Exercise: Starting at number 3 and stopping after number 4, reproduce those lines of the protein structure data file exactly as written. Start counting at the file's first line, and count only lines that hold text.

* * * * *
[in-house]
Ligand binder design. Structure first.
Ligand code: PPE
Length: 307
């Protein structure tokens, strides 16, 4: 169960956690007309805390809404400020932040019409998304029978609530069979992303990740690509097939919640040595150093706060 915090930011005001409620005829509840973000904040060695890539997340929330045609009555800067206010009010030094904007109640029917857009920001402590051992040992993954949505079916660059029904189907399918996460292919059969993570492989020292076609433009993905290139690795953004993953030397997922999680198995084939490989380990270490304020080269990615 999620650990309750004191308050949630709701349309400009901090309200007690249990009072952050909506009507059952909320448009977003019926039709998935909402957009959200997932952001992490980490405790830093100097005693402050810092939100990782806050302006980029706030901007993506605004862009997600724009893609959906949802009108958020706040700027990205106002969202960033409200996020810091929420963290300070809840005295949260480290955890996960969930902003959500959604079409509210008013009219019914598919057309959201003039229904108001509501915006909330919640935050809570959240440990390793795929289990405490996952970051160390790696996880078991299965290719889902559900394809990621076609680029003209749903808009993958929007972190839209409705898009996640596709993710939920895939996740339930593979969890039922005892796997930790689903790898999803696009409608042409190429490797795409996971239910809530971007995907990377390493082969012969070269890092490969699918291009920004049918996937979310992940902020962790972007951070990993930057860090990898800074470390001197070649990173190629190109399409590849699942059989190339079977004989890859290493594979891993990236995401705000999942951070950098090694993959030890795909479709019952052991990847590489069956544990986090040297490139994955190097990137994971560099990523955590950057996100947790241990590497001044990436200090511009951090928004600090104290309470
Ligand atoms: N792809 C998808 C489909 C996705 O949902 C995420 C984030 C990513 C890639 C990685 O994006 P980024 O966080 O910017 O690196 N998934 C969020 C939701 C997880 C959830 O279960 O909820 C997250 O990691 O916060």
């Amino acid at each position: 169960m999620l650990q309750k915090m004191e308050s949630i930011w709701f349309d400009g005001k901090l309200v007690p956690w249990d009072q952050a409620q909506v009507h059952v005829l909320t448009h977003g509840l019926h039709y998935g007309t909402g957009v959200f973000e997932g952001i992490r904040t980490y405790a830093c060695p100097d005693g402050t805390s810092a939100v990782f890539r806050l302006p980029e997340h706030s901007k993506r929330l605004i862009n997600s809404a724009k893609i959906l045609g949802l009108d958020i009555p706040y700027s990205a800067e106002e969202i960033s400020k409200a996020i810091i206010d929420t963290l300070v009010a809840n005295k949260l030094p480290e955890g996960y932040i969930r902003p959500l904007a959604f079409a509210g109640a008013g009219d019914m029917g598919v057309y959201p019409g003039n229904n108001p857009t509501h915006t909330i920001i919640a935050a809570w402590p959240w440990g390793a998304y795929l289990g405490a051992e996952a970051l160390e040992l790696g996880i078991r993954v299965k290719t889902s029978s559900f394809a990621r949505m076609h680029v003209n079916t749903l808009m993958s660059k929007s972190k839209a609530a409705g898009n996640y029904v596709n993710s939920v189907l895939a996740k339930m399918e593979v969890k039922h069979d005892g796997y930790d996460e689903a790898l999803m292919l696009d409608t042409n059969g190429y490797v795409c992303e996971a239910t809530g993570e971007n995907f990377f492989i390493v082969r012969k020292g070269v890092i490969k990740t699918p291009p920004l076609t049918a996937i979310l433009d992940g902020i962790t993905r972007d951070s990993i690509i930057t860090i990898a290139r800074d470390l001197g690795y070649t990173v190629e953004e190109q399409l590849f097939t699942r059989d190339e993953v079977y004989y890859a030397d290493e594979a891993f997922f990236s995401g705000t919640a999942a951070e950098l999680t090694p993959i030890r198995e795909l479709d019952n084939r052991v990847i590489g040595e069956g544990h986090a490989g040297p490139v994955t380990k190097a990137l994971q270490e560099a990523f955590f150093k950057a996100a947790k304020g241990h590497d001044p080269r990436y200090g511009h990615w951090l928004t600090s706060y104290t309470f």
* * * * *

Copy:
Ligand code: PPE
Length: 307